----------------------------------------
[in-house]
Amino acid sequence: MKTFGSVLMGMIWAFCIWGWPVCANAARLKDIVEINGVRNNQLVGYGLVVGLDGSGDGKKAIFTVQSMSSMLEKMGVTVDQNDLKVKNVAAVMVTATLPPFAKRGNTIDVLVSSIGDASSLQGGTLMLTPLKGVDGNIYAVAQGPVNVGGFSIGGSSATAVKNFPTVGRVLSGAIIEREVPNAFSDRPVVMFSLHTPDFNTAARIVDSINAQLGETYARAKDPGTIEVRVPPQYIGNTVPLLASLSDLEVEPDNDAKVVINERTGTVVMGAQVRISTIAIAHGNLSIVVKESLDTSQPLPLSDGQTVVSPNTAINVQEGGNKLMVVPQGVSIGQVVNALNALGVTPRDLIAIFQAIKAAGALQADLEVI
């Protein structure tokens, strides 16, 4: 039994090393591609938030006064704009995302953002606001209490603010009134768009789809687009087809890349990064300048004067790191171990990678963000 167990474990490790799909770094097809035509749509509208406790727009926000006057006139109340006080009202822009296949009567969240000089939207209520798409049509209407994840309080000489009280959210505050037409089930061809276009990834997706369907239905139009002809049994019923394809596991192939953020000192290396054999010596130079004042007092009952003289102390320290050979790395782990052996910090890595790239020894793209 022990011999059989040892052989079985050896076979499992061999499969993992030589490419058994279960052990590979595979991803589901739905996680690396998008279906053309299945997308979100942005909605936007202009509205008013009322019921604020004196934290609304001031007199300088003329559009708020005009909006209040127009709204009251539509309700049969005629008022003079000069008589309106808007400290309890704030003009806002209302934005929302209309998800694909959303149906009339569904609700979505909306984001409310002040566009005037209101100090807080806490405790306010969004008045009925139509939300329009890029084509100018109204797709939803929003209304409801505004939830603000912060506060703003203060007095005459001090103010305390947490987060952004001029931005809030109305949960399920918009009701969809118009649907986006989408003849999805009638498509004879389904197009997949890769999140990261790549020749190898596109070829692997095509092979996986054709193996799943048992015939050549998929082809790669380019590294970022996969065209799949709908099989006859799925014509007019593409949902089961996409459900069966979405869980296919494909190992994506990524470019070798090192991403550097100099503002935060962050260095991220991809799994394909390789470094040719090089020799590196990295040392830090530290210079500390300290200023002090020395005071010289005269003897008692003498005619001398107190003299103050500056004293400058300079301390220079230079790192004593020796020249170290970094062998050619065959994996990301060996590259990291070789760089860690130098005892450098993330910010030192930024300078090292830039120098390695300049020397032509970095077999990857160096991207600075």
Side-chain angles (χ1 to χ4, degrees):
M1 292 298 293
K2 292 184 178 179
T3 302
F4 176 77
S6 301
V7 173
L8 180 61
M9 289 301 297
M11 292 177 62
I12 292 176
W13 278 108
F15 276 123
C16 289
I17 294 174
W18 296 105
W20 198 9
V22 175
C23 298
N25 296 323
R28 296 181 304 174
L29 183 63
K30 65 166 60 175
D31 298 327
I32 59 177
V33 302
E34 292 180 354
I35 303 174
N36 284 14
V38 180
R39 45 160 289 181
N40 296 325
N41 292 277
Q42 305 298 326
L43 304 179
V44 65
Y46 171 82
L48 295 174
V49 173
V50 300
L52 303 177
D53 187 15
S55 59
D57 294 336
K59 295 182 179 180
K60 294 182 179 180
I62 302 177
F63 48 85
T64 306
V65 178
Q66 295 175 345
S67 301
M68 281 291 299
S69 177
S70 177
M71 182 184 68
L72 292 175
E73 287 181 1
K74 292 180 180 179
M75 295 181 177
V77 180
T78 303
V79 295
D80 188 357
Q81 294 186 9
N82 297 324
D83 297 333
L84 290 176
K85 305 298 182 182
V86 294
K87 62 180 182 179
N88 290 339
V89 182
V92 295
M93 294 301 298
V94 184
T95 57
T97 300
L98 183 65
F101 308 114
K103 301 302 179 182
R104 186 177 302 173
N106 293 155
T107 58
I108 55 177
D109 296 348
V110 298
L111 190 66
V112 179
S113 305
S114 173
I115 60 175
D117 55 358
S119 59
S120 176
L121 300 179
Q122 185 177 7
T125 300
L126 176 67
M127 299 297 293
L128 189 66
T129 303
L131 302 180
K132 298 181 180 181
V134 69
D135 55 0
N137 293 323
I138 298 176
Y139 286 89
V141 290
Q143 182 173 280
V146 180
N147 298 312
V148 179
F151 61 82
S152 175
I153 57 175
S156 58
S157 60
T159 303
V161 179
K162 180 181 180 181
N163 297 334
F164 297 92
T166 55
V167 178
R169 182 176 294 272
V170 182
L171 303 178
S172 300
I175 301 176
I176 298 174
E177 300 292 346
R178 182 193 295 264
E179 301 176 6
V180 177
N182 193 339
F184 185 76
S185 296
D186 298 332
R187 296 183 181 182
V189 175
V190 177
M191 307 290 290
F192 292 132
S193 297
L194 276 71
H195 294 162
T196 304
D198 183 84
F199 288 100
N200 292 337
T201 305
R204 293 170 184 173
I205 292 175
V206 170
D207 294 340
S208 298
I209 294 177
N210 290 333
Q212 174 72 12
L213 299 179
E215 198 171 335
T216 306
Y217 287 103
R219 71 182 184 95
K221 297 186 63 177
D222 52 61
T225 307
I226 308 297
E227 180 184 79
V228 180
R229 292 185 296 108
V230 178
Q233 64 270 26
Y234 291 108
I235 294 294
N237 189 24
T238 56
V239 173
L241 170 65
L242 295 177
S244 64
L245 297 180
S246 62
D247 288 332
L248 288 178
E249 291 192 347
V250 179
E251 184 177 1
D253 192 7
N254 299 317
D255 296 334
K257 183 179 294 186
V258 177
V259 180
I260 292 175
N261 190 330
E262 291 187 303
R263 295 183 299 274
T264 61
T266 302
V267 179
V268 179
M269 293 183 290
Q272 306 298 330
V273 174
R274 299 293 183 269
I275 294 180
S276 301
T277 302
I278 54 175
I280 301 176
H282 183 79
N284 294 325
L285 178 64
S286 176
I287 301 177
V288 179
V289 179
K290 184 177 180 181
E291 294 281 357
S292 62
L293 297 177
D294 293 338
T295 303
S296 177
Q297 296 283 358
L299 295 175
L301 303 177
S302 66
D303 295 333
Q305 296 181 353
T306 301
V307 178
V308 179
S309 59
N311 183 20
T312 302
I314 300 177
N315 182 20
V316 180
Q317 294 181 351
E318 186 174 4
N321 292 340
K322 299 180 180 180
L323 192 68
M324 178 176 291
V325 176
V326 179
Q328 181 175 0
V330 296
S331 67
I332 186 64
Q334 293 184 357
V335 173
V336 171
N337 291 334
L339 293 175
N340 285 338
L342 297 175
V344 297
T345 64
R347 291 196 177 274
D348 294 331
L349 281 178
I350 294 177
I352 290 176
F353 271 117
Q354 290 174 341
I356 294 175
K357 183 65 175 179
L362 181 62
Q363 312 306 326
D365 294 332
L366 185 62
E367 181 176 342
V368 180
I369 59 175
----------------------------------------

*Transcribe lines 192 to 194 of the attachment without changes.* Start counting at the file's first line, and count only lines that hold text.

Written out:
V250 179
E251 184 177 1
D253 192 7